American Acoustic Guitar Player
arranger, composer, vocalist
A guitarist for all seasons and ethnicities, the North Carolina-reared, Minnesota resident is celebrating a new CD, “Lost and Found.” Accompanied by bassist Ted Olsen and acoustic guitarist Ben Abrahamson, Sparks interprets tunes by the Beatles, Bob Dylan, Dave Brubeck and others as well as offering three originals, including the title track (which he wrote back in the Rio Nido days). Although many of these numbers are overly familiar, acoustic wiz Sparks offers a fresh take because he plays with the the precision of a classical guitarist, the inventiveness of a jazz man and the passion of a folk musician — Jon Bream, Minneapolis Star Tribune
Review from Akustik Gitarre - The photo on the cover shows Tim Sparks in front of a cozy shed. But instead of the ancient National guitar that one might expect in such a farming location, on his lap there is an elegant archtop. And this is actually the only guitar he uses on this recording, strictly acoustic besides, even for the racy, awe-inspiring fingerstyle of "Moonshine Ramble". Yet ignoring expectations and blurring genre lines has always been the basics of business for the man from Minnesota who ever since his transcription of the Nutcracker Suite for steelstring guitar has been an acknowledged expert for any kind of music between the Mississippi, the Danube, and Rivers Jordan, Tigris, and Volga. It’s only logical that Sparks´ versions of four Beatles tunes offer more than just further fingerstyle arrangements of these pieces. This is mainly a trio album anyway, featuring Ben Abrahamson on (flamenco) guitar and Ted Olsen on double bass, both from the big thriving music scene in Minneapolis/St. Paul. Thus three of the Beatles songs turn into stepping stones for collective improvisations and charming trips into the open, discovering new things about the compositions without rendering them unrecognizable. "She's Leaving Home", however, is taken care of by the master on his own - as a jazzy etude with beautiful chords under the melody that still remains intact at any time. Generally on this album Sparks proves himself to be an especially sensitive and imaginative single-string improviser, playing mesmerizing solos in the opening piece(which also provides the album title) and in an excellent version of "Take Five".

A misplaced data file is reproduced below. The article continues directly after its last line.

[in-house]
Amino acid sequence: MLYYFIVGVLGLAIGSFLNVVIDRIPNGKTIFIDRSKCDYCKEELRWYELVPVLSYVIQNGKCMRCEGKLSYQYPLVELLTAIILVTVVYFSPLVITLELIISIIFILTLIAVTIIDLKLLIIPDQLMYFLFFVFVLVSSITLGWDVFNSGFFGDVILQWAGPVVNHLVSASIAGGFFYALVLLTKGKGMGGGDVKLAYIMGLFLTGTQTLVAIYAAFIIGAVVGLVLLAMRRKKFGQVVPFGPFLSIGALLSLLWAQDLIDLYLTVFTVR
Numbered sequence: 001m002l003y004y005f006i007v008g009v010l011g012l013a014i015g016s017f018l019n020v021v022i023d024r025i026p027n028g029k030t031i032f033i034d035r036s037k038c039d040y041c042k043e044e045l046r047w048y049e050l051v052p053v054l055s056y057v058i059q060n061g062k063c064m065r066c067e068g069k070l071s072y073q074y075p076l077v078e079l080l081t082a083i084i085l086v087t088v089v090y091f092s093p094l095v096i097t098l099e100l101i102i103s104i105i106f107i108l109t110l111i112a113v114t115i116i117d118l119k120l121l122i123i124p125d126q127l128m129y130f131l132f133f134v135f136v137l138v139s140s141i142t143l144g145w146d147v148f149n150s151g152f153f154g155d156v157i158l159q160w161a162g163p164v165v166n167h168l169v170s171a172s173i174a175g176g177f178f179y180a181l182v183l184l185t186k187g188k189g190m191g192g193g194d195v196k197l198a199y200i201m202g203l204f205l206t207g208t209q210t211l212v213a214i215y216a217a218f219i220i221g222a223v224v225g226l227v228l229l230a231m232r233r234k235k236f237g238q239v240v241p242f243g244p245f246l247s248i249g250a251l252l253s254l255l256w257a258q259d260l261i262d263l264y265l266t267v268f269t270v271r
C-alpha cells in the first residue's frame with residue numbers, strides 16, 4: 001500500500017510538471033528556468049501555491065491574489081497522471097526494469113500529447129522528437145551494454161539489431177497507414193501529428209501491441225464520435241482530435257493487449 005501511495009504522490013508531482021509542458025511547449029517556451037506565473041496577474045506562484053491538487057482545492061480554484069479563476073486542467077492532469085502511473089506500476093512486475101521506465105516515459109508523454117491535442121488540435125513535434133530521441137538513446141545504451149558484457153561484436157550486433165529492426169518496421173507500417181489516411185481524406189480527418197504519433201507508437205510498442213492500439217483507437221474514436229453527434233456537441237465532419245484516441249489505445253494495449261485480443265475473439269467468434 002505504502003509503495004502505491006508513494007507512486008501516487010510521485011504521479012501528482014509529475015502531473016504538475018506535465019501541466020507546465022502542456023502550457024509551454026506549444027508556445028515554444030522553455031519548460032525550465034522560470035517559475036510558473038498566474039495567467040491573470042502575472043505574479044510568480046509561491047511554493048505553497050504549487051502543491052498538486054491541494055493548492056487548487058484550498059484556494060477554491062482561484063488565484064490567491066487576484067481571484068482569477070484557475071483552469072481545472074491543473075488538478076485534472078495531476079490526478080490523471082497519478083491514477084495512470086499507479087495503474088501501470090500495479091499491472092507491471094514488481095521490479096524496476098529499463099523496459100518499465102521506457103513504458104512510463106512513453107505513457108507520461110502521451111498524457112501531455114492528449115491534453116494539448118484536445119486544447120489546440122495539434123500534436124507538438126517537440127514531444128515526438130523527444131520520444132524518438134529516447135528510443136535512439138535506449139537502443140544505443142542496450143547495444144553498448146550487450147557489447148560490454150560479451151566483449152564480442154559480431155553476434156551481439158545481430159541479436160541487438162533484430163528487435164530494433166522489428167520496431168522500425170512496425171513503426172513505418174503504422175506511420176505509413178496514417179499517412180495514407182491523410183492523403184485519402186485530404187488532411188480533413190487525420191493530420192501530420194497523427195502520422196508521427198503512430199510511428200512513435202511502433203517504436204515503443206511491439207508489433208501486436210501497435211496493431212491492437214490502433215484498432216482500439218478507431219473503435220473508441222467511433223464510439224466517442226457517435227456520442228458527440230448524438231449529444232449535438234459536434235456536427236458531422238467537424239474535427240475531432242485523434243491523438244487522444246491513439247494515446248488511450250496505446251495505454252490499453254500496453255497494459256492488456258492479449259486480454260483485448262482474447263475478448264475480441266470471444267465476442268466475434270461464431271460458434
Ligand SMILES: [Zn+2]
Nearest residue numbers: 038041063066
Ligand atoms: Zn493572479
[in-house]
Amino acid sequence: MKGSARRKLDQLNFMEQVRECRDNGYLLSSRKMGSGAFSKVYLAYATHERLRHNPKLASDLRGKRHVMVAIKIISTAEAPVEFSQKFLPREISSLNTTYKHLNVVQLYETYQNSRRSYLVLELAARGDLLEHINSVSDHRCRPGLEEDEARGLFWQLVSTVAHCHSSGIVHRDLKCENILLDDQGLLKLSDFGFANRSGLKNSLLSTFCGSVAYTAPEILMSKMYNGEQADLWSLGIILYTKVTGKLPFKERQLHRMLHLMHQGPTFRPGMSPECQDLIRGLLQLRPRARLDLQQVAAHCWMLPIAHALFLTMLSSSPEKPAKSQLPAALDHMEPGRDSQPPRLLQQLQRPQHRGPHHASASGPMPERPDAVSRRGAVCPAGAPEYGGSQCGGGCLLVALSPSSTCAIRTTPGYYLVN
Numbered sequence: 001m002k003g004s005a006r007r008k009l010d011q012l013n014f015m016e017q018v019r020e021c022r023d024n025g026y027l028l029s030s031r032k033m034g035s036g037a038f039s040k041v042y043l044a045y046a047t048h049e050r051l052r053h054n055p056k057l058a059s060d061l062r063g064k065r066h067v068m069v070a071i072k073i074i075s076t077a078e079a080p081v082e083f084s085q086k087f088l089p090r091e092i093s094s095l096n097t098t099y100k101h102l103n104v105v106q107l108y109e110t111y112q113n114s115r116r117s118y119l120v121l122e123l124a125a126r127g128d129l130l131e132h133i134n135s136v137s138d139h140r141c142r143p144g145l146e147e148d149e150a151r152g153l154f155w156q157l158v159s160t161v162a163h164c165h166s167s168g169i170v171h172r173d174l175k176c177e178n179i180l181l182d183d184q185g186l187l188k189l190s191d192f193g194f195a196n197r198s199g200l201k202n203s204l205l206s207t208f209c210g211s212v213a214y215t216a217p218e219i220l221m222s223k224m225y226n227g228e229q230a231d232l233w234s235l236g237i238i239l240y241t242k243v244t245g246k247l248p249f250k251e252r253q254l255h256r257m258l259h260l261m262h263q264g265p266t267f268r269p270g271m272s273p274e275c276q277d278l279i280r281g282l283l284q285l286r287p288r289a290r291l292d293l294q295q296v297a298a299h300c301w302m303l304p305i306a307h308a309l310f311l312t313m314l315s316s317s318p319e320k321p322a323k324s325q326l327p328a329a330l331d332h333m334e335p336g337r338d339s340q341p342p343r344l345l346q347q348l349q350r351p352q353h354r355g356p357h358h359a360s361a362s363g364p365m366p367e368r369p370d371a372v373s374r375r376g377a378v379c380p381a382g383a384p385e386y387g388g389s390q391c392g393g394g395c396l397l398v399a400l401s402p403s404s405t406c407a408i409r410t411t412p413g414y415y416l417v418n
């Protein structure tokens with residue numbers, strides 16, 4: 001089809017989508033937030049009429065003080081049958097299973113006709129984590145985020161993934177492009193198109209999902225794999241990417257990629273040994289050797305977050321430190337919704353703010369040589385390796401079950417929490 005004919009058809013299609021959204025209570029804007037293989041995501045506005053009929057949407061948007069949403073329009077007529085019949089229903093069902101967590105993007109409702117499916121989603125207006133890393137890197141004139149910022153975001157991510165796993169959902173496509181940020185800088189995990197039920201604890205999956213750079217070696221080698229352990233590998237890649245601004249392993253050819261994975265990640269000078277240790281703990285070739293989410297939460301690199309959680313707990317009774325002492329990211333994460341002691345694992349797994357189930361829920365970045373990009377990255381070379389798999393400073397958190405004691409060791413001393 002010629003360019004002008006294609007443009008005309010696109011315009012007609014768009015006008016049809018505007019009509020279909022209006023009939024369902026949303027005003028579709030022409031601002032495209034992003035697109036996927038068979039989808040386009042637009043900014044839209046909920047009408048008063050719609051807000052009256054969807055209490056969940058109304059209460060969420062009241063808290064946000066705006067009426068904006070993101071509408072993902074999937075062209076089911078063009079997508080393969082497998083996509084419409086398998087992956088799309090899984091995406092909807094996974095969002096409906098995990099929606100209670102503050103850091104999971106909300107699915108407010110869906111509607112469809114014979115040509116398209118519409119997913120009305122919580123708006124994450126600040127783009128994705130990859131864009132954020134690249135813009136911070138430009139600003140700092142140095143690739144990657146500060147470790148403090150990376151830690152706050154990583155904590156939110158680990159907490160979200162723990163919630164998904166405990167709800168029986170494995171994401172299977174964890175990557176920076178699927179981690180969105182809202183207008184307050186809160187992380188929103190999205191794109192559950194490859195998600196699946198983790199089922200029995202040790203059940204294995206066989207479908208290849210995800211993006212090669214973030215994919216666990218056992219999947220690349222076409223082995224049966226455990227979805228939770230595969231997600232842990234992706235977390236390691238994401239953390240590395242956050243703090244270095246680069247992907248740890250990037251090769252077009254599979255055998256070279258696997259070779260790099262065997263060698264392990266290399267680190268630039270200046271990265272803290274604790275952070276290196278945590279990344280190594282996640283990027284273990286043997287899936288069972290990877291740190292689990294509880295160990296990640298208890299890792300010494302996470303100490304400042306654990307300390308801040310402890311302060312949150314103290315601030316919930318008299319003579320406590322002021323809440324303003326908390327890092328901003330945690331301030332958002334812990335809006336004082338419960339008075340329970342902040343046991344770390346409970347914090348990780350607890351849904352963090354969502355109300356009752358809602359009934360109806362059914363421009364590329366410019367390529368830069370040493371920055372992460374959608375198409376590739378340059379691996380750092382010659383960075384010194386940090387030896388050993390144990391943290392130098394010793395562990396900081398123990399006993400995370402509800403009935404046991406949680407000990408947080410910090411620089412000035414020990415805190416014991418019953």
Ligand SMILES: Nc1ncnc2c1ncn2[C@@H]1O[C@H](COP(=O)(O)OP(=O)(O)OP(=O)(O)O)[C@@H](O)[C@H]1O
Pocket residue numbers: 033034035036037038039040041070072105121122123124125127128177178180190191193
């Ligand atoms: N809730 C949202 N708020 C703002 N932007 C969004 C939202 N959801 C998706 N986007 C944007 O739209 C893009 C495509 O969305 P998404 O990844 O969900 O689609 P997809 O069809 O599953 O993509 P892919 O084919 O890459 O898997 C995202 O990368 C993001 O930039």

— Michael Lohr
You can hear Tim Sparks think. He plays by choice not habit: ideas not licks. I've heard him do this on guitars so badly intonated, they wouldn't make a good ashtray; the same guitars - I remember a piece called Blues on Bartok Street - are Guitars in Tim's hands. Beautiful. I'm Tim Sparks' biggest fan. His stuff is very difficult to play but it doesn't sound difficult. I think that's real musicianship. He's really one of the best musicians I know." LEO KOTTKE
Greetings from Minneapolis, Minnesota. I've been arranging, composing and finalizing new teaching projects for Truefire.com, which is a great company that produces video courses for guitarists and songwriters.
I've had a great time breaking down my guitar techniques to make them accessible so other pickers, no matter what their skill level, can apply them to their own repertoire. I've created several Truefire video courses over the years and I think these new ones are my best yet. You can check them out on my Truefire page with the link below.